Playing Metal Gear Solid: Peace Walker For The First Time
Playing Metal Gear Solid: Peace Walker For The First Time
After watching a full playthrough of Metal Gear Solid 4 it was time to return to the adventures of Big Boss and see what he did after the events of Metal Gear Solid 3. Before starting I thought the gap between Metal Gear Solid 3 and Peace Walker was noticeable. This of course was filled in prior to Peace Walker with the PSP title Portable Ops. It’s a shame this game seemingly never made it to other platforms because as far as the story is concerned, it seems pretty important detailing how Big Boss interacts with Zero and his former comrades. Perhaps I will go back and watch the scenes on Youtube at a later date.
For now though here are my thoughts on Peace Walker. As always, spoilers follow…
An Artistic Touch
One of the first things that you notice upon playing Metal Gear Solid: Peace Walker is that traditional cut-scenes are removed in favour of comic book-like scenes. At first I was a little disappointed to see a lack of cut scenes but upon reflection, this game was originally a PSP game (I played on Xbox 360), a machine that didn’t have the same horsepower of future consoles. Nevertheless, over time these scenes grew on me. They are well put together, the style of them is cool, in particular their use of colour and gave the game somewhat of a dreamlike quality especially when Big Boss encounters The Boss’s voice. Overall, I think they were a cool addition to the game and suited its gameplay to a stylish art direction.
Metal Gear Solid: Peace Walker is an interesting game for a number of reasons. It is both a sequel and somewhat of a spin-off in that it appeared first on PSP and saw a change to the classic Metal Gear formula. From a story standpoint though Peace Walker is very much a sequel, often referring back to the events of Metal Gear Solid 3 and therefore it certainly makes its inclusion in the HD collection valid. The plot once again revolves around Cold War paranoia and nuclear deterrents while in the background the SALT treaties are ongoing. Although the gameplay sees you build up an army, this is once again a personal journey for Big Boss as he confronts his past and his future. His haunted past is represented by Dr. Strangelove and her AI weapon Peace Walker, half of which is based on The Boss’s personality. Much of Metal Gear Solid is dedicated to The Boss’s legacy but the Peace Walker weapon is a very literal interpretation of that.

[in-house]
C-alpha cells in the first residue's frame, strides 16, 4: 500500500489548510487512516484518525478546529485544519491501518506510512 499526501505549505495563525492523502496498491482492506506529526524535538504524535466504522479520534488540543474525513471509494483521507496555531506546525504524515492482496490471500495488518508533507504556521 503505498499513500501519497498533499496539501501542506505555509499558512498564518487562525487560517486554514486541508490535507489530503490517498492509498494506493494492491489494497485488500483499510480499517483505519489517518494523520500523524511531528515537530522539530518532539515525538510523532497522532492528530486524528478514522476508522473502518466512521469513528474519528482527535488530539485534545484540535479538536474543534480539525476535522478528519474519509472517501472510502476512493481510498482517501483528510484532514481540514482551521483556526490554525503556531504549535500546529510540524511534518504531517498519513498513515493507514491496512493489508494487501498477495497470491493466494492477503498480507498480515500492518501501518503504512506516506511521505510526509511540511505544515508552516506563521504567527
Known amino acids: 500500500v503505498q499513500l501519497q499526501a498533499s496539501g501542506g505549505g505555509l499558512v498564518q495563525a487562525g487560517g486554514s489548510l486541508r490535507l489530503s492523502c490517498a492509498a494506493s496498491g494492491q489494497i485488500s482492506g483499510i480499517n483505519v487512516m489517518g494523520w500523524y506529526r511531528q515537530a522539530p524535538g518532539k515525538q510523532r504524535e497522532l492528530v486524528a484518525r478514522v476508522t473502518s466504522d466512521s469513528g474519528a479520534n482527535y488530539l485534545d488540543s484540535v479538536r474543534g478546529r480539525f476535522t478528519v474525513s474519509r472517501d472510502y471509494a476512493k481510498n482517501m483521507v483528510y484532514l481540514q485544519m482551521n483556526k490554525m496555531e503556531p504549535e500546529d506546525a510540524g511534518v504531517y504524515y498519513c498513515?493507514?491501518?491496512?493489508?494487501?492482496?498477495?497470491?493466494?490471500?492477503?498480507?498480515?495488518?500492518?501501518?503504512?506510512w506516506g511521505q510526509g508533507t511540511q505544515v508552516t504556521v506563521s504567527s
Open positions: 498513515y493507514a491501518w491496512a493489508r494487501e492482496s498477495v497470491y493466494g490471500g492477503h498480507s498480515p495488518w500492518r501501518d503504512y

Despite the codec being in the game, it is mainly used for gameplay tips and the bulk of the story that it usually gives us is moved to tapes in the main menus. These are essential if you want to fully grasp the story of Metal Gear Solid: Peace Walker especially when it comes to characters such as Paz and Dr. Strangelove. I also appreciated the surprise of EVA’s tapes which helped flesh out some of the convoluted events of the last game. However, the most interesting ones were Dr. Strangelove’s recollections of The Boss whom she very much idolized. While in Metal Gear Solid 3 you spend most of your time hunting down The Boss, it isn’t till near the end we truly learn about her past so it was nice to see another person’s perspective of what she was like.
Overall, I very much enjoyed the plot of the game including its poetic ending and its parallel stories of finding a new home for Big Boss with MSF and the dramatic stakes against Hot Coldman – whom I didn’t find a particularly interesting villain. The extra twist involving Paz was really interesting and set up future games neatly while giving us one last confrontation with Metal Gear ZEKE.
Practice Makes Perfect
Peace Walker is a repetitive game. It teaches you basics and new elements as the campaign progresses but many of the missions involve you traipsing through the same areas you have already been with a rotating list of objectives and tasks on each mission. This gameplay won’t be for everyone but after a few hours I enjoyed that cycle of accomplishing missions, developing new weapons and equipment and upgrading Mother Base. I found enough variety and challenge within the missions to keep me interested and I felt a sense of accomplishment when developing a new tool that I knew would come in handy in the jungle. Boss battles had a new dynamic too, depending on which part of the AI weapon you attack, different rewards will be offered which come into play later when you develop your own Metal Gear weapon. The boss battles could be tough, but were certainly achievable once you worked out the trick to beating them.
Peace Walker contains numerous mini games from managing Mother Base, bringing in recruits, gathering vehicles and sending your military out on missions. I dabbled in all of these and particularly enjoyed building up Mother Base to improve my equipment. The only feature I didn’t get involved in was multiplayer as I didn’t have Xbox Live at the time. These mini games were a pleasant distraction and I can imagine were particularly fun when played on the go as they were intended. It takes quite a while to build up Mother Base fully but the game rewards you with the best weapons, vehicles and soldiers for doing so.
The Future is Bright
Metal Gear Solid: Peace Walker is shining example of excellent gameplay combined with a straightforward but compelling story that has more depth if you are a longtime fan of the series. Its influence on future titles such as The Phantom Pain are clear to see and the similar gameplay loop is improved upon and taken even further in that game. Peace Walker more than any other spin-off in the series made a major impact on the future of the franchise and it certainly delivers in terms of entertainment.
For my thoughts on the rest of the Metal Gear franchise click here.